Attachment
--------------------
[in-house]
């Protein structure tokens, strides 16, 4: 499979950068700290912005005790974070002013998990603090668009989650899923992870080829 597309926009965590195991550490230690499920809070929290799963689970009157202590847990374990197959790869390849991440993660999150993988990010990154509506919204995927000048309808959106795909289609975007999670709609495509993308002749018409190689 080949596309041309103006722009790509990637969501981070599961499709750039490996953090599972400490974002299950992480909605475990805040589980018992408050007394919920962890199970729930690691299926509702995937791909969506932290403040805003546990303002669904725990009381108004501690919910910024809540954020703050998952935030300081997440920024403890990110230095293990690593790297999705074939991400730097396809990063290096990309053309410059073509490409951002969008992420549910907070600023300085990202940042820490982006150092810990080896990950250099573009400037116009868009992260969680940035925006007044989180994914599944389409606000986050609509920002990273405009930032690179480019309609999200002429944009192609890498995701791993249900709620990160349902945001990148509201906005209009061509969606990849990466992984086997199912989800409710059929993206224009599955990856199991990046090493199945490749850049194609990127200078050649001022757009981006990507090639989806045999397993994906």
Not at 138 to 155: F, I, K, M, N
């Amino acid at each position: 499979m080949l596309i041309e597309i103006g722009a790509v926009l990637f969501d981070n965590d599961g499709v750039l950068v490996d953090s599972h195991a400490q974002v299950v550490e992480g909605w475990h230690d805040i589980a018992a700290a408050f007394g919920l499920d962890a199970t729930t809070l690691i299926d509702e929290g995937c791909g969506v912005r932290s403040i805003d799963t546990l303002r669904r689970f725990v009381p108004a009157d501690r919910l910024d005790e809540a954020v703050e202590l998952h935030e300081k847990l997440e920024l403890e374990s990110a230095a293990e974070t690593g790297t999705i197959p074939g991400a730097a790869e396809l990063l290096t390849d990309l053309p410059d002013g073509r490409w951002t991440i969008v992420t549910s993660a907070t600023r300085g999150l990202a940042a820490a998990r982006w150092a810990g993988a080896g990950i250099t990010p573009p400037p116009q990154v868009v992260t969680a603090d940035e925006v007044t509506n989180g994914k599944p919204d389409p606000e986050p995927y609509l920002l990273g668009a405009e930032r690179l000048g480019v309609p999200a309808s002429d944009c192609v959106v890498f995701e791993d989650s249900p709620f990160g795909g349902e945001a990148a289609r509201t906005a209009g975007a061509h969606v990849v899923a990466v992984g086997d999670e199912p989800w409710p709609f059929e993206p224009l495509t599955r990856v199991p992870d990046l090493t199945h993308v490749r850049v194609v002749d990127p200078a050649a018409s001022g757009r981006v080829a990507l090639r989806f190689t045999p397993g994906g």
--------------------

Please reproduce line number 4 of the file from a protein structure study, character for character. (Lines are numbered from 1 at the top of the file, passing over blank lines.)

């Amino acid at each position: 499979m080949l596309i041309e597309i103006g722009a790509v926009l990637f969501d981070n965590d599961g499709v750039l950068v490996d953090s599972h195991a400490q974002v299950v550490e992480g909605w475990h230690d805040i589980a018992a700290a408050f007394g919920l499920d962890a199970t729930t809070l690691i299926d509702e929290g995937c791909g969506v912005r932290s403040i805003d799963t546990l303002r669904r689970f725990v009381p108004a009157d501690r919910l910024d005790e809540a954020v703050e202590l998952h935030e300081k847990l997440e920024l403890e374990s990110a230095a293990e974070t690593g790297t999705i197959p074939g991400a730097a790869e396809l990063l290096t390849d990309l053309p410059d002013g073509r490409w951002t991440i969008v992420t549910s993660a907070t600023r300085g999150l990202a940042a820490a998990r982006w150092a810990g993988a080896g990950i250099t990010p573009p400037p116009q990154v868009v992260t969680a603090d940035e925006v007044t509506n989180g994914k599944p919204d389409p606000e986050p995927y609509l920002l990273g668009a405009e930032r690179l000048g480019v309609p999200a309808s002429d944009c192609v959106v890498f995701e791993d989650s249900p709620f990160g795909g349902e945001a990148a289609r509201t906005a209009g975007a061509h969606v990849v899923a990466v992984g086997d999670e199912p989800w409710p709609f059929e993206p224009l495509t599955r990856v199991p992870d990046l090493t199945h993308v490749r850049v194609v002749d990127p200078a050649a018409s001022g757009r981006v080829a990507l090639r989806f190689t045999p397993g994906g």